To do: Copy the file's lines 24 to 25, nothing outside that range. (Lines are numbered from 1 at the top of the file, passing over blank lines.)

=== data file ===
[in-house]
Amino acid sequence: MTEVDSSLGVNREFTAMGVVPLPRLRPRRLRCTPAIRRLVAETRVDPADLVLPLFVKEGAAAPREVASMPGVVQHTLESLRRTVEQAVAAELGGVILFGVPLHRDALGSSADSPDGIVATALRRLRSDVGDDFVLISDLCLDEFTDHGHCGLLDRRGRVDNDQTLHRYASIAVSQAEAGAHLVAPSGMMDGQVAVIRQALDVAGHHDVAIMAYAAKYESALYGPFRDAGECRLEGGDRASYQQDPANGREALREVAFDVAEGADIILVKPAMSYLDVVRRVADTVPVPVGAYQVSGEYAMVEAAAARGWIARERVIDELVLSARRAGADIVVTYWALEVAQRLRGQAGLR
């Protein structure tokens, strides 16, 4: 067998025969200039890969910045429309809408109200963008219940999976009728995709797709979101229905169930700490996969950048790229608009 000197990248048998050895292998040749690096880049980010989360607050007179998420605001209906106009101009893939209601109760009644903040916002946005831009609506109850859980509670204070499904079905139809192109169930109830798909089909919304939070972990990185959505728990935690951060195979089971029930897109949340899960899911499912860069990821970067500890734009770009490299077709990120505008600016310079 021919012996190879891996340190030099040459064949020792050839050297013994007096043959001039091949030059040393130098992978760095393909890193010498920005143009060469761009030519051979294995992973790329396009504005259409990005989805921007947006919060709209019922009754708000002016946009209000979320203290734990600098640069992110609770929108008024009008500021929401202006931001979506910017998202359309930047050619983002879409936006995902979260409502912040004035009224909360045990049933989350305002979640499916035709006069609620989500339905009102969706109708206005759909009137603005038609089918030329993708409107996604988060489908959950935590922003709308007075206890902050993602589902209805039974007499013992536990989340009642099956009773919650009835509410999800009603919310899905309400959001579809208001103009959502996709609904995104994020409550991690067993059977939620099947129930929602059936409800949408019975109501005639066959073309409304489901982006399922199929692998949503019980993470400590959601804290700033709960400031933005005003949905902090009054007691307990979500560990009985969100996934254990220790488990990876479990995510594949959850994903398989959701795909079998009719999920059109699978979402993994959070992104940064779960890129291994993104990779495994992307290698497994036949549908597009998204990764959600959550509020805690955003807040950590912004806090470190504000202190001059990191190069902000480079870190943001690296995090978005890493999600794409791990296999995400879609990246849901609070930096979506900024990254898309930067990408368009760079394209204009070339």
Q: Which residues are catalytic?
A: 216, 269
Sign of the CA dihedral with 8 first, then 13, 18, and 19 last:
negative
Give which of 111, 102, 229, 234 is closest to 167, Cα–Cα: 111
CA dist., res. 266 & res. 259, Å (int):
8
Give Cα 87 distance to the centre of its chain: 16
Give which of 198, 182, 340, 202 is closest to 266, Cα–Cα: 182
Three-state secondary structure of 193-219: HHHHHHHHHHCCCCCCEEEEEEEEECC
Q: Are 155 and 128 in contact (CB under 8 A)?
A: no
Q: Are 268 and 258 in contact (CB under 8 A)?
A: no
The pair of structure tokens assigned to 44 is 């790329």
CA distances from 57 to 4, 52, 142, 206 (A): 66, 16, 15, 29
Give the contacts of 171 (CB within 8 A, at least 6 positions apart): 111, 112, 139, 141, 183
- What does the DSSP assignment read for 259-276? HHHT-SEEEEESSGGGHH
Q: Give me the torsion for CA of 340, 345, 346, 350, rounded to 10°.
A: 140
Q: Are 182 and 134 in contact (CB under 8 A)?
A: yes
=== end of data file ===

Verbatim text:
Q: Are 182 and 134 in contact (CB under 8 A)?
A: yes